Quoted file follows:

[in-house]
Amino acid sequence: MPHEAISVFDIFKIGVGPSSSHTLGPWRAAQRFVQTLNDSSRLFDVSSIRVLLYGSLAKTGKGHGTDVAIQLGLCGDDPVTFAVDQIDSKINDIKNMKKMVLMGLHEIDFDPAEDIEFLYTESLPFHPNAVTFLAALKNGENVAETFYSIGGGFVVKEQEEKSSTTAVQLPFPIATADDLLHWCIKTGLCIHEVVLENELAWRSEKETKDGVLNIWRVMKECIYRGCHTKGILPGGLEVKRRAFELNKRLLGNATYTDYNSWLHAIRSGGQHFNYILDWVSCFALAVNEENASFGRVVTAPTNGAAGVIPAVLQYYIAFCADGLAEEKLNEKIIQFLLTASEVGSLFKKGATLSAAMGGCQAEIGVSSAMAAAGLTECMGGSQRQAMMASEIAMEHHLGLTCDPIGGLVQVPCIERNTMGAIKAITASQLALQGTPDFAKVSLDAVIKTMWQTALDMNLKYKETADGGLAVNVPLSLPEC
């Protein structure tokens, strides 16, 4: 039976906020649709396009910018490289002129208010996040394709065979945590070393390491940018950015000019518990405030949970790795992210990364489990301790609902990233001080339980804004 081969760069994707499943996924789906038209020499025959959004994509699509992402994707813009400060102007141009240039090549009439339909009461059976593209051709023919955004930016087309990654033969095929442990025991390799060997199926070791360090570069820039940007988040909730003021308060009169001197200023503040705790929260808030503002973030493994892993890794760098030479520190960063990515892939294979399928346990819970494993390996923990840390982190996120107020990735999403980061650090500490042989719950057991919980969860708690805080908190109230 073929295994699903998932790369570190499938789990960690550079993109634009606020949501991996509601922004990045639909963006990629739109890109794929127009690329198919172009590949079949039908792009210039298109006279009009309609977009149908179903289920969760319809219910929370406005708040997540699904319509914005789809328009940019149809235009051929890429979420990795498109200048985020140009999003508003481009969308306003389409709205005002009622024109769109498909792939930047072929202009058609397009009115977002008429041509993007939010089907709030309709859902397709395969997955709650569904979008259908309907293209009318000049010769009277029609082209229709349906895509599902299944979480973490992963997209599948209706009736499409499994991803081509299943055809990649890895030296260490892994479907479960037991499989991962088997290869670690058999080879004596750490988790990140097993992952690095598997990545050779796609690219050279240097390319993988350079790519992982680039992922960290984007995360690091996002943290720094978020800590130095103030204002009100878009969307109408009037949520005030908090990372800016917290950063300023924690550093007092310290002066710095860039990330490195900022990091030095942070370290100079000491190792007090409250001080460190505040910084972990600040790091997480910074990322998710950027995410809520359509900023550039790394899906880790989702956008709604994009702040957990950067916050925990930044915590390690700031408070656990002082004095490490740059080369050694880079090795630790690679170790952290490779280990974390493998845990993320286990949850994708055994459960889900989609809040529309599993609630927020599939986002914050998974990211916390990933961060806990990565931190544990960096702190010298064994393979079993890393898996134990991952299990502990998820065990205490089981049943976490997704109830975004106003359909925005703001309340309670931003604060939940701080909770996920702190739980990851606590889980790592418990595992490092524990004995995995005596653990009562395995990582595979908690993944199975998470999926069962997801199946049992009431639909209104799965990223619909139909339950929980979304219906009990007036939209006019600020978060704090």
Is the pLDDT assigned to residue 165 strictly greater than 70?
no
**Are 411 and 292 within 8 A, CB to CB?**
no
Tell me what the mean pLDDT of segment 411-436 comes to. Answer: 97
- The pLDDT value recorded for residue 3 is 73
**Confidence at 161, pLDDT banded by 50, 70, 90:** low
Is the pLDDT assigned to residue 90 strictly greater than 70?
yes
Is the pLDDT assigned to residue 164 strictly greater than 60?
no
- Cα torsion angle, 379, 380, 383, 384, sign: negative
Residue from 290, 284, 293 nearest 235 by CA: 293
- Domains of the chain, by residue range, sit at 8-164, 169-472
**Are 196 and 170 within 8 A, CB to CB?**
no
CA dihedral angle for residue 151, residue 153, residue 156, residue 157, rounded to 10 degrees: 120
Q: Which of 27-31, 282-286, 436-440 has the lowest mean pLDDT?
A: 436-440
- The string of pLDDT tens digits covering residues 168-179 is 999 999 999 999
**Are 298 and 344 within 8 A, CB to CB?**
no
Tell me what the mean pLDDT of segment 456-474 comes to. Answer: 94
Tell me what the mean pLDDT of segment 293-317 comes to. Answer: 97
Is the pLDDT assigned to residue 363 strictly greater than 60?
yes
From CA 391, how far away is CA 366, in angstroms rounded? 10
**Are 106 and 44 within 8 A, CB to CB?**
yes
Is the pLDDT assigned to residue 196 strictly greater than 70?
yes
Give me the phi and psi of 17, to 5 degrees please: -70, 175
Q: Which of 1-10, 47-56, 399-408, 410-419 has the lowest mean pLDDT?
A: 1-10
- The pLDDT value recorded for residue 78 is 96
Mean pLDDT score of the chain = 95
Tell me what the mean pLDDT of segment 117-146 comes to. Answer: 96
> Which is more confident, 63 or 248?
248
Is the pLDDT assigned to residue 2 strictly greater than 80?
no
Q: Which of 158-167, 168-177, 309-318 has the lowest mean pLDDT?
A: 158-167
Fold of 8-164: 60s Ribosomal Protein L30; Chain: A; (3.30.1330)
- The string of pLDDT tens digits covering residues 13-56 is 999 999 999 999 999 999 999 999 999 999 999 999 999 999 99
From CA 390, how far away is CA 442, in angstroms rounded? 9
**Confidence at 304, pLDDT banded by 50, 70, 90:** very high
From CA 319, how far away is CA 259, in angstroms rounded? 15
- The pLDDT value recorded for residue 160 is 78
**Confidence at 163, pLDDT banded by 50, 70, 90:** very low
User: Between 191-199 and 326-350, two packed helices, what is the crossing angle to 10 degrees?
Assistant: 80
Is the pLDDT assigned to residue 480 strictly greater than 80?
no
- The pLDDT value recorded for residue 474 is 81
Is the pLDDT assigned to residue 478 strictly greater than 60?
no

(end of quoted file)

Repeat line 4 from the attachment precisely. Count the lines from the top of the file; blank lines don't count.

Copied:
Is the pLDDT assigned to residue 165 strictly greater than 70?